Wondering how to buy STI Index? And what is it really? Is it a smart thing to own? Many are asking the question, but very few seem to be providing the answer. So, it’s time we take a crack at it for you!
Also, in this post, we’ll discuss…
- How to buy STI shares
- What is the dividend for STI?
- The 30 stocks that make up STI
- The difference between STI and SGX
…and even a few more answers to questions that perhaps you haven’t thought of yet!
If you’re wondering how to buy Straits Times Index and want to learn more about it too, then this post is for you!
This post has been written by our staff writer, Lindsey Smith.
How to Buy STI Index – An Intro
Whether you’re a new investor or you have a big portfolio, you’re always looking for diversification. How can you invest in different companies, sectors, industries, and even countries in order to protect yourself from losing everything if one market goes down.
One way to do this is to invest some of your money into international markets. One such market is the SGX, and STI is the index fund that tracks that market.
The easiest way to buy the STI index is through an ETF, or Exchanged-traded Fund. This is an index fund that trades on the market like a stock.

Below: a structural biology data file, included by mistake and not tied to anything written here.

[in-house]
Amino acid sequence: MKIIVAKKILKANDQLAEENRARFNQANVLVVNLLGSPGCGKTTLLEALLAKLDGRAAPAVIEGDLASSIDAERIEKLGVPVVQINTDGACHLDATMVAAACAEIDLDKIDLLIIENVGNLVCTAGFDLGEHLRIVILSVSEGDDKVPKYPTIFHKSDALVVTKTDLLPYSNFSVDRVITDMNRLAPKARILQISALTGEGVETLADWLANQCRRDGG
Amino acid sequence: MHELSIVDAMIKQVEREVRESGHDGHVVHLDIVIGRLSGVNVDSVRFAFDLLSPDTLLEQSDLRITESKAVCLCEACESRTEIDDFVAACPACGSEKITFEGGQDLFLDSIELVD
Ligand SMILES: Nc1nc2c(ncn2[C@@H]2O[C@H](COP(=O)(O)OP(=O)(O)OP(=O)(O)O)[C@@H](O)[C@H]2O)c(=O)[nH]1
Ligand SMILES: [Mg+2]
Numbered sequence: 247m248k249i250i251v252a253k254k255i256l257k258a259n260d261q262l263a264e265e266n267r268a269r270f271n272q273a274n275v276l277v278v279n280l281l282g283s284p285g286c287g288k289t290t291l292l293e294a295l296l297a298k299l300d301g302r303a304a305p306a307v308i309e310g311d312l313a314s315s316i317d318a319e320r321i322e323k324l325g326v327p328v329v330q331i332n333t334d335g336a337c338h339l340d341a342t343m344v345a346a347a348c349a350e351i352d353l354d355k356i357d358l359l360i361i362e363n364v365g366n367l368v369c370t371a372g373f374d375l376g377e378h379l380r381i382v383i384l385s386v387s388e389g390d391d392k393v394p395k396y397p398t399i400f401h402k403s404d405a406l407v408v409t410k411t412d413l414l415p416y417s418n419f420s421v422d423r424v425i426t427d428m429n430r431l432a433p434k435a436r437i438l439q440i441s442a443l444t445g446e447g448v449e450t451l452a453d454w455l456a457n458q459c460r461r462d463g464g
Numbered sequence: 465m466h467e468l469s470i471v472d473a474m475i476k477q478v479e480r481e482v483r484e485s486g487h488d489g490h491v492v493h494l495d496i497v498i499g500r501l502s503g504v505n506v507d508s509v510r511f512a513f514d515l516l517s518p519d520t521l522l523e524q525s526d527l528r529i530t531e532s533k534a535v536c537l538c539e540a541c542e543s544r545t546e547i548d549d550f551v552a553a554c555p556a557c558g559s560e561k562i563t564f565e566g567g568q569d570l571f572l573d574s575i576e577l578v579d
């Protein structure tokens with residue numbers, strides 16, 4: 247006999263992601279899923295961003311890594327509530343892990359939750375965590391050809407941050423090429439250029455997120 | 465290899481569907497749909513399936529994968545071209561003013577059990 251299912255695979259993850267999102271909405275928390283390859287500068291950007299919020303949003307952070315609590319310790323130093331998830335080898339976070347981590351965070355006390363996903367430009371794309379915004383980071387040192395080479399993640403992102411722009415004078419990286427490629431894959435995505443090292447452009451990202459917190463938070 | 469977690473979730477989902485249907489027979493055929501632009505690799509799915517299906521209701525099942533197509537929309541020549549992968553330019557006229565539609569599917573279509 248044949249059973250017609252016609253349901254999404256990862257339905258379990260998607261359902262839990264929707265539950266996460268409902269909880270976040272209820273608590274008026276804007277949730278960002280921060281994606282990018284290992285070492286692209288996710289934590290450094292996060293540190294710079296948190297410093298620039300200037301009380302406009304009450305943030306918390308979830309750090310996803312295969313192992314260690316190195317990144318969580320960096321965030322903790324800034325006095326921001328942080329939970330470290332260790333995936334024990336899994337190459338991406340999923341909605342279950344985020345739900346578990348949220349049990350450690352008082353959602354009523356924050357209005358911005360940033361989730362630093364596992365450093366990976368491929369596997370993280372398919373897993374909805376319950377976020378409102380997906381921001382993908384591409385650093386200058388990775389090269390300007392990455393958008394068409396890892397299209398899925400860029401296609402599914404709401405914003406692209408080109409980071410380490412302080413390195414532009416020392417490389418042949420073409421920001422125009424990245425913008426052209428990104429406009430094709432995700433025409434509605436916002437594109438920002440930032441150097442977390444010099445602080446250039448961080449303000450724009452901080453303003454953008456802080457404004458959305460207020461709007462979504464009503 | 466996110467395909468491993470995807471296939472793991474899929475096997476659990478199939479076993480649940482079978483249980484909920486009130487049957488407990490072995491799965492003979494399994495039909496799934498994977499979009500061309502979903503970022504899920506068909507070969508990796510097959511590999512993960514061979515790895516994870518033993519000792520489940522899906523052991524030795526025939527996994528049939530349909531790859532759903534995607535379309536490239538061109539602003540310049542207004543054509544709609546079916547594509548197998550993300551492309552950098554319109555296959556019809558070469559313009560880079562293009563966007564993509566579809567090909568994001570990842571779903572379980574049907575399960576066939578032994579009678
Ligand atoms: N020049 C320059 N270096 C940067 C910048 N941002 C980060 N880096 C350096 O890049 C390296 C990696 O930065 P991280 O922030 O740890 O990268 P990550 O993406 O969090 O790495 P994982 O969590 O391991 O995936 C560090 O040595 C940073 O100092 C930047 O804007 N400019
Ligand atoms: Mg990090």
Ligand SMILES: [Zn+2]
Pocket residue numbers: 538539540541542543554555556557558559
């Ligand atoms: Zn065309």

You probably still have questions though…
- What companies are in STI, and which STI ETF is better?
- How do I buy STI stocks?
- Is it even a good idea to buy STI right now?
Read on for all the information about expanding your portfolio into this market.
Related: How to Buy Google Shares
How Do I Buy STI Shares?
Now you know a bit about STI…and if you’re interested you’re probably searching for the answer to the question, “How do I buy STI shares?”
Let’s start by defining what STI stock is.
STI stands for Strait Times Index, and it is a fund that tracks the top 30 companies on the SGX. The SGX is the Singapore Exchange, Asia’s most liquid international market.
According to the MoneySmart Singapore website, STI is diversified over five different sectors and 19 different industries that are picked to show Singapore’s diverse economy.
While they include a range of industries, Singapore’s top 3 banks hold the highest weightages, which means the financial sector is heavily represented, at almost 46% overall.
If you are in the US, you can purchase STI stock from any brokerage account that has access to the SGX.
Some examples that are included in most places are the…